26. 26. Carcinogenesis <ul><li>Genes involved in cancer </li></ul><ul><ul><li>Anti-apoptosis genes ( BCL2 family of genes) </li></ul></ul><ul><ul><ul><li>Protein products prevent cytochrome c from leaving the mitochondria </li></ul></ul></ul><ul><ul><ul><li>Mutation causes increased gene activity (e.g.overexpression)  prevents apoptosis (e.g. B-cell follicular lymphoma) </li></ul></ul></ul><ul><ul><ul><ul><li>Translocation t(14:18)  cause over-expression of BCL2 protein  prevent apoptosis of B cells </li></ul></ul></ul></ul>
  27. 27. Carcinogenesis <ul><li>Genes involved in cancer </li></ul><ul><ul><li>Apoptosis genes </li></ul></ul><ul><ul><ul><li>Regulate programmed cell death </li></ul></ul></ul><ul><ul><ul><li>Example – BAX apoptosis gene </li></ul></ul></ul><ul><ul><ul><ul><li>Activated by TP53 if DNA damage is excessive </li></ul></ul></ul></ul><ul><ul><ul><ul><li>Protein product inactivates BCL2 </li></ul></ul></ul></ul><ul><ul><ul><ul><li>Inactivation of TP53  BAX inoperative  no apoptosis </li></ul></ul></ul></ul>
  28. 28. Carcinogenesis <ul><li>Genes involved in cancer </li></ul><ul><ul><li>DNA repair genes </li></ul></ul><ul><ul><ul><li>Examples of DNA repair </li></ul></ul></ul><ul><ul><ul><ul><li>Mismatch repair genes – correct errors in nucleotide pairing </li></ul></ul></ul></ul><ul><ul><ul><ul><li>Nucleotide excision repair – excise pyrimidine dimers in UVL-damaged skin </li></ul></ul></ul></ul><ul><ul><ul><li>Mutation allows cells with non-lethal damage to proliferate  increased risk for cancer </li></ul></ul></ul>
  29. 29. Chemical Carcinogens <ul><li>Polycyclic hydrocarbons in tobacco smoke </li></ul><ul><ul><li>Most common group of carcinogens in the USA </li></ul></ul><ul><li>Mechanisms: </li></ul><ul><ul><li>Direct-acting carcinogens </li></ul></ul><ul><ul><ul><li>With electron-deficient atoms that react with electron-rich atoms in DNA (e.g. Alkylating agents) </li></ul></ul></ul><ul><ul><li>Indirect-acting carcinogens </li></ul></ul><ul><ul><ul><li>Activated by the liver cytochrome P-450 system (e.g. Polycyclic hydrocarbons) </li></ul></ul></ul>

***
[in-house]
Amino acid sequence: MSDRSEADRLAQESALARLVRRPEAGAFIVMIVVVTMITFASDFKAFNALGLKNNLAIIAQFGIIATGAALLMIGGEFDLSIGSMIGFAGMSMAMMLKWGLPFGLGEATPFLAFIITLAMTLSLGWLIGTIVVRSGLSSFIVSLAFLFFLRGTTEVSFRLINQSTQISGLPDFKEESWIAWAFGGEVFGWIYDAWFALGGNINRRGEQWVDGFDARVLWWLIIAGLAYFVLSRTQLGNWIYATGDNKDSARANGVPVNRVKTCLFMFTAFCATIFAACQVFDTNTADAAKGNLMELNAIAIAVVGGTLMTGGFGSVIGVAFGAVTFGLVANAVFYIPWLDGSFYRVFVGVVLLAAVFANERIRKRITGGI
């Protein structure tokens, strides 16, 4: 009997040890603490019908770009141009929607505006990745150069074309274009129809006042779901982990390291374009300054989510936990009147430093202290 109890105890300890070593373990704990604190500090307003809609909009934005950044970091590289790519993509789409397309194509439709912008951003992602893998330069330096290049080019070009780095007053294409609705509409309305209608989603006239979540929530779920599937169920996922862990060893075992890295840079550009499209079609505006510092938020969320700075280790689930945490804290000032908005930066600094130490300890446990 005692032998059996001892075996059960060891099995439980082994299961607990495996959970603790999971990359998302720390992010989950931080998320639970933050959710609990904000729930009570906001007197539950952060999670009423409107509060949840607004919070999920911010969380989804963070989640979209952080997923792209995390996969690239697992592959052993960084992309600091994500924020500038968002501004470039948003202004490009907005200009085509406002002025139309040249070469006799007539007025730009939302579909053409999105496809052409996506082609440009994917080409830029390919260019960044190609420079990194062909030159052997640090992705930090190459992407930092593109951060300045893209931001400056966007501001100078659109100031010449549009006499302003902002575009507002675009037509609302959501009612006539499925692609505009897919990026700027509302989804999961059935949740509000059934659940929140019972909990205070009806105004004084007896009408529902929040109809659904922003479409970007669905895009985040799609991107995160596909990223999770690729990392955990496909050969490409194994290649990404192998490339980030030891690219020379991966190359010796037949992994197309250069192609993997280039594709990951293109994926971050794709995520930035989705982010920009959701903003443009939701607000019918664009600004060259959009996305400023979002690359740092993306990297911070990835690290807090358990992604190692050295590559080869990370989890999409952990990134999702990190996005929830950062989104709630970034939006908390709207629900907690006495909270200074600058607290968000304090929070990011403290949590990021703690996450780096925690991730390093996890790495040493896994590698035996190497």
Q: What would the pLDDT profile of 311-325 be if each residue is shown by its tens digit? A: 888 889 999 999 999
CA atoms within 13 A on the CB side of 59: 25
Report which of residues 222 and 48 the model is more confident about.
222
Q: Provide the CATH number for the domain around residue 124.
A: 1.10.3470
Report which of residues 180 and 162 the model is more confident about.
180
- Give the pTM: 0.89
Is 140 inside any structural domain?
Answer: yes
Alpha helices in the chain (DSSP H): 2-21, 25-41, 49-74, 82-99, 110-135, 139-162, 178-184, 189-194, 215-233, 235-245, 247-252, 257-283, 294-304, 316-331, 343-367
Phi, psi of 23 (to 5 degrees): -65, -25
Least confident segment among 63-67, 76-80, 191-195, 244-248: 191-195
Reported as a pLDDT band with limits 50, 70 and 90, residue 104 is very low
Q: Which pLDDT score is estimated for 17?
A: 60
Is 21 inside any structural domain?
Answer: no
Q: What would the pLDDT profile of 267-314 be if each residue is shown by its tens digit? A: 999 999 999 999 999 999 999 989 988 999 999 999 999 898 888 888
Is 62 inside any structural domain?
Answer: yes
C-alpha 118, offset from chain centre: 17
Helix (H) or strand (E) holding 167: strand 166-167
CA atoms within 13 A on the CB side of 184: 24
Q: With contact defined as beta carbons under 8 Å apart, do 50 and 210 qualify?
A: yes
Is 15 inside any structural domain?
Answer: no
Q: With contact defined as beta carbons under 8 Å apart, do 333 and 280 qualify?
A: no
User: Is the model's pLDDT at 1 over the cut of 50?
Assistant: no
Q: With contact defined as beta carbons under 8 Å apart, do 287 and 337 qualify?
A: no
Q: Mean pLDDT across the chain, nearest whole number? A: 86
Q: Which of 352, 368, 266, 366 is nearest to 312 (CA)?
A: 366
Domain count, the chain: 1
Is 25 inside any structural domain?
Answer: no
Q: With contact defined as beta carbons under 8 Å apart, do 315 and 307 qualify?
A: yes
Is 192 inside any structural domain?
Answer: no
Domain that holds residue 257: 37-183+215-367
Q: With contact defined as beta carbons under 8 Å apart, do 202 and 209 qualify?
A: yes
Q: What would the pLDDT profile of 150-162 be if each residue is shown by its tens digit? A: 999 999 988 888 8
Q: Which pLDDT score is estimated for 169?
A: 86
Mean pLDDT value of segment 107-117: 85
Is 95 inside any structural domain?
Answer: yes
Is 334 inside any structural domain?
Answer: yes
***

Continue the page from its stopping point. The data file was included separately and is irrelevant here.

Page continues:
30. 30. Chemical Carcinogens <ul><li>Sequence of chemical carcinogenesis </li></ul><ul><ul><li>Initiation </li></ul></ul><ul><ul><ul><li>Irreversible mutation </li></ul></ul></ul><ul><ul><li>Promotion </li></ul></ul><ul><ul><ul><li>Promoters (e.g. Estrogen) stimulate mutated cells to enter the cell cycle </li></ul></ul></ul><ul><ul><li>Progression </li></ul></ul><ul><ul><ul><li>Development of tumor heterogeneity </li></ul></ul></ul><ul><ul><ul><li>Examples – production of cells that invade or metastasize </li></ul></ul></ul>
  31. 31. Microbial Carcinogenesis
  32. 32. Radiation <ul><li>Ionizing radiation </li></ul><ul><ul><li>Hydroxyl free radical injury to DNA </li></ul></ul><ul><ul><li>Examples: AML or CML; papillary thyroid CA; lung, breast or bone cancers </li></ul></ul><ul><ul><li>Leukemia – most common cancer due to ionizing radiation </li></ul></ul><ul><li>UV light </li></ul><ul><ul><li>Formation of pyrimidine dimers  distort DNA </li></ul></ul><ul><ul><li>Examples: basal cell CA (most common), squamous cell CA, malignant melanoma </li></ul></ul>
  33. 33. Host Defense vs. Cancer <ul><li>Humoral immunity – antibodies and complement </li></ul><ul><li>Type IV cellular immunity </li></ul><ul><ul><li>Most efficient mechanism </li></ul></ul><ul><ul><li>Cytotoxic CD8 T cells – recognize altered class I antigens on neoplastic cells and destroy them </li></ul></ul><ul><li>Natural killer cells – direct and indirect killing via type II hypersensitivity </li></ul><ul><li>Macrophages – activated by gamma-interferon </li></ul>
  34. 34. Cancer Grading <ul><li>Degree of differentiation </li></ul><ul><ul><li>Low, intermediate, or high grade </li></ul></ul><ul><li>Nuclear features </li></ul><ul><li>invasiveness </li></ul>
  35. 35. Cancer Staging <ul><li>Most important prognostic factor </li></ul><ul><li>TNM system </li></ul><ul><ul><li>Progresses from the least to the most important prognostic factor </li></ul></ul><ul><ul><li>T – tumor size  > 2 cm correlates with metastatic ability </li></ul></ul><ul><ul><li>N – nodal involvement </li></ul></ul><ul><ul><li>M – extranodal metastases </li></ul></ul>